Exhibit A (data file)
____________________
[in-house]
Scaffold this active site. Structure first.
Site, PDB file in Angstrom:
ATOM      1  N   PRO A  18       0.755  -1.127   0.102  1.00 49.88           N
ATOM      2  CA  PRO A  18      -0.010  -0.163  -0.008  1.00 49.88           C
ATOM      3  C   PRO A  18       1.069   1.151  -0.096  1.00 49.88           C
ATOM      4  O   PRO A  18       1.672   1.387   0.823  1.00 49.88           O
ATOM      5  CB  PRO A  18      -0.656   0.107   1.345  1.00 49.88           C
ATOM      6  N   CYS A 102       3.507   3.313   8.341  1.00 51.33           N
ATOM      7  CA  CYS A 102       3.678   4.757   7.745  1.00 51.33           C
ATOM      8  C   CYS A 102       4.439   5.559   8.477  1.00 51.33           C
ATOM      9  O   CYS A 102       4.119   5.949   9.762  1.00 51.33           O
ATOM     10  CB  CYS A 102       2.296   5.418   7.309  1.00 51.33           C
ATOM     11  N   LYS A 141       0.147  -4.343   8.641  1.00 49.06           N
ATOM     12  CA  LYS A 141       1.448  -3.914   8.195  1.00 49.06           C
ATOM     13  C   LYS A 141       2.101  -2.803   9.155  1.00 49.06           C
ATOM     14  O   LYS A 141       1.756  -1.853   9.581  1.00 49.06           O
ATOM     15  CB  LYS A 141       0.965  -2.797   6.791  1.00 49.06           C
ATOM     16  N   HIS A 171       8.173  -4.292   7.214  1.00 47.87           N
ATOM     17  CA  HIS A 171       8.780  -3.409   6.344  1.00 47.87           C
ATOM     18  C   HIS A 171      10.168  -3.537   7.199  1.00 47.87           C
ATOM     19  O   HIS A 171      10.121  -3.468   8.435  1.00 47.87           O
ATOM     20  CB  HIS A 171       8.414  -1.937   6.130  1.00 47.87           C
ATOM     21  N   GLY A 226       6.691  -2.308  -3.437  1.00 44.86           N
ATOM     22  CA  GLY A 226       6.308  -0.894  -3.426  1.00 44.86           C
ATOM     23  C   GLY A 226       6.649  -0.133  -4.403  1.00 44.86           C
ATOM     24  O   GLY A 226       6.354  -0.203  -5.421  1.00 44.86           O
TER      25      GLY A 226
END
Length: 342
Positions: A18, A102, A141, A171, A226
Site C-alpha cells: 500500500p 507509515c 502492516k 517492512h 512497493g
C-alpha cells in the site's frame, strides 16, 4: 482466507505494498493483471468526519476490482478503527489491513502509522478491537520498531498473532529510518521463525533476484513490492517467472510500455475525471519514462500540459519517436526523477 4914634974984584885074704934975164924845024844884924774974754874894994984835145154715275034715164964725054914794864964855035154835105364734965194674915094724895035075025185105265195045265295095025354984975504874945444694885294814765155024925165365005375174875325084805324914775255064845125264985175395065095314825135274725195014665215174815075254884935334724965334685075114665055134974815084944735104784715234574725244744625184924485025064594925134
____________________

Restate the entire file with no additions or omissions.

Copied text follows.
[in-house]
Scaffold this active site. Structure first.
Site, PDB file in Angstrom:
ATOM      1  N   PRO A  18       0.755  -1.127   0.102  1.00 49.88           N
ATOM      2  CA  PRO A  18      -0.010  -0.163  -0.008  1.00 49.88           C
ATOM      3  C   PRO A  18       1.069   1.151  -0.096  1.00 49.88           C
ATOM      4  O   PRO A  18       1.672   1.387   0.823  1.00 49.88           O
ATOM      5  CB  PRO A  18      -0.656   0.107   1.345  1.00 49.88           C
ATOM      6  N   CYS A 102       3.507   3.313   8.341  1.00 51.33           N
ATOM      7  CA  CYS A 102       3.678   4.757   7.745  1.00 51.33           C
ATOM      8  C   CYS A 102       4.439   5.559   8.477  1.00 51.33           C
ATOM      9  O   CYS A 102       4.119   5.949   9.762  1.00 51.33           O
ATOM     10  CB  CYS A 102       2.296   5.418   7.309  1.00 51.33           C
ATOM     11  N   LYS A 141       0.147  -4.343   8.641  1.00 49.06           N
ATOM     12  CA  LYS A 141       1.448  -3.914   8.195  1.00 49.06           C
ATOM     13  C   LYS A 141       2.101  -2.803   9.155  1.00 49.06           C
ATOM     14  O   LYS A 141       1.756  -1.853   9.581  1.00 49.06           O
ATOM     15  CB  LYS A 141       0.965  -2.797   6.791  1.00 49.06           C
ATOM     16  N   HIS A 171       8.173  -4.292   7.214  1.00 47.87           N
ATOM     17  CA  HIS A 171       8.780  -3.409   6.344  1.00 47.87           C
ATOM     18  C   HIS A 171      10.168  -3.537   7.199  1.00 47.87           C
ATOM     19  O   HIS A 171      10.121  -3.468   8.435  1.00 47.87           O
ATOM     20  CB  HIS A 171       8.414  -1.937   6.130  1.00 47.87           C
ATOM     21  N   GLY A 226       6.691  -2.308  -3.437  1.00 44.86           N
ATOM     22  CA  GLY A 226       6.308  -0.894  -3.426  1.00 44.86           C
ATOM     23  C   GLY A 226       6.649  -0.133  -4.403  1.00 44.86           C
ATOM     24  O   GLY A 226       6.354  -0.203  -5.421  1.00 44.86           O
TER      25      GLY A 226
END
Length: 342
Positions: A18, A102, A141, A171, A226
Site C-alpha cells: 500500500p 507509515c 502492516k 517492512h 512497493g
C-alpha cells in the site's frame, strides 16, 4: 482466507505494498493483471468526519476490482478503527489491513502509522478491537520498531498473532529510518521463525533476484513490492517467472510500455475525471519514462500540459519517436526523477 4914634974984584885074704934975164924845024844884924774974754874894994984835145154715275034715164964725054914794864964855035154835105364734965194674915094724895035075025185105265195045265295095025354984975504874945444694885294814765155024925165365005375174875325084805324914775255064845125264985175395065095314825135274725195014665215174815075254884935334724965334685075114665055134974815084944735104784715234574725244744625184924485025064594925134